Now that you understand everything you need to know about fertilizers and feeding your lawn, it is time to learn about watering it. Your lawn will tell you when it lacks water by showing signs of stress.

These signs include the grass turning a silvery blue in some areas.

If this grass is not watered soon, it will turn brown before you know it. Another sign of lack of water is footprints in the lawn. A healthy lawn should spring back when stepped upon.

You can water your lawn at any time of the day if it is severely stressed, however, if you are merely maintaining your lawn, you should avoid late evening or middle day watering. Late evening watering can encourage the growth of fungus, while heat of the day watering can waste water. The best time of day for lawn watering is in the early morning, before the sun can scorch your landscape, giving it plenty of time to dry out before evening.

The best type of watering system is natural rainwater. However, there are many times during the growing season when rainwater is not available and other sources must be relied upon. At these times, you may rely on sprinklers to give your lawn adequate water for survival.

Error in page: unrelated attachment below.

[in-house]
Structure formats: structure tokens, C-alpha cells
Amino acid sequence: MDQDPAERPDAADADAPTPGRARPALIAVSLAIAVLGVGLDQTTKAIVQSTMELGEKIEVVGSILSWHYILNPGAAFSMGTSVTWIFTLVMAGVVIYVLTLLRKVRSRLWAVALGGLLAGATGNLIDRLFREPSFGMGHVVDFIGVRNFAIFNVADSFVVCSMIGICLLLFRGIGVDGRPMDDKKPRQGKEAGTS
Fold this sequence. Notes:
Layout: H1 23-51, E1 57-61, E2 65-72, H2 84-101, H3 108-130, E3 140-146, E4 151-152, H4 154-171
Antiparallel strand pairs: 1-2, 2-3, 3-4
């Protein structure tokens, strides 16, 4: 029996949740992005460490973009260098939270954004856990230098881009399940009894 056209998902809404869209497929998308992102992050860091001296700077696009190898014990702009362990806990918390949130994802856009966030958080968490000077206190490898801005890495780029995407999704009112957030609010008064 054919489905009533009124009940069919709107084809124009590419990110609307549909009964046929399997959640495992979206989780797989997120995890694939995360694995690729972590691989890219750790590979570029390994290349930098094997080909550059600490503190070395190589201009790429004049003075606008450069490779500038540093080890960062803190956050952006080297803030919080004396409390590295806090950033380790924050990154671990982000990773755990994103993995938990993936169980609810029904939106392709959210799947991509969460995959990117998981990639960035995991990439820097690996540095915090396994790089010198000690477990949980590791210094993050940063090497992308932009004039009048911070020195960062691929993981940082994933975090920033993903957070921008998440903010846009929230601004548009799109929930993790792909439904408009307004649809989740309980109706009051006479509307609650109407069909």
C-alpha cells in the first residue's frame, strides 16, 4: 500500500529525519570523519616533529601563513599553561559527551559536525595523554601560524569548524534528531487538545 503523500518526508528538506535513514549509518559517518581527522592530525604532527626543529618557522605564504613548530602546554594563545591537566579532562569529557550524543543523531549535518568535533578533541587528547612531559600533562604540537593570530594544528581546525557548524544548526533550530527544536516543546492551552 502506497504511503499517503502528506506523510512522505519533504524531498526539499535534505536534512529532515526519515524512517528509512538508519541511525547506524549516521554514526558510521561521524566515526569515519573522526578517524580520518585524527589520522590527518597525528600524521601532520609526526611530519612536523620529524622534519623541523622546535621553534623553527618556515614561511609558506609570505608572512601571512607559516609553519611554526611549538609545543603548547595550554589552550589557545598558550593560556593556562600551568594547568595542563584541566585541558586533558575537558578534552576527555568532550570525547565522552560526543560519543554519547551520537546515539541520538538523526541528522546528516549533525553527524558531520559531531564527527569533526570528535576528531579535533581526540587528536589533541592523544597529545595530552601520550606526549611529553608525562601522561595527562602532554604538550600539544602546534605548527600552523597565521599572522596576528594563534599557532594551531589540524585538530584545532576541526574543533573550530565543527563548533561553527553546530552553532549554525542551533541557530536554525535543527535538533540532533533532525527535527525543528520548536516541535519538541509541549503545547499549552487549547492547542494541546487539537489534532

Tools For Watering Grass

There are several different type sprinklers available for watering grass in today’s market. Here’s a description of some of the available choices.

Hand-held nozzle sprayer: Great for ease of use. It screws onto the end of a hose and is hand operated, allowing the user to regulate the flow of water used. This type of watering system has a drawback though. The time it takes to water a lawn is probably unreasonable. Also, the hand-held sprayer doesn’t allow for even water flow, making some areas of your lawn more watered than others. This can eventually cause unevenness in the lawn.

Soaker Hose: This type of watering system is nice because it disburses the water at an even rate for deep down soaking. The problem is that this perforated garden hose is not durable and will eventually rot. Also the irrigation pattern may not be even. This type of watering system is probably better suited for flowerbeds instead of lawns.

Fountain Sprinkler: This is a simple hose-end head with holes to spray upward. It’s very effective on small areas. Also, it’s inexpensive and easy to set up.

Oscillating Sprinkler: This sprinkler hooks up to the end of the hose, and disperses water as the sprinkler bar moves back and forth. This type of sprinkler is great on square lawns, but must be moved often if you have a larger or irregular shaped lawn. Also, this type of sprinkler has a high evaporation rate.

Impulse Sprinkler: This is a hose end device that breaks the water stream to shoot a broad spray. It’s nice because it will water at a much higher rate than other type sprinklers. However, it needs high pressure to function properly and will probably be too strong of a spray for smaller lawns.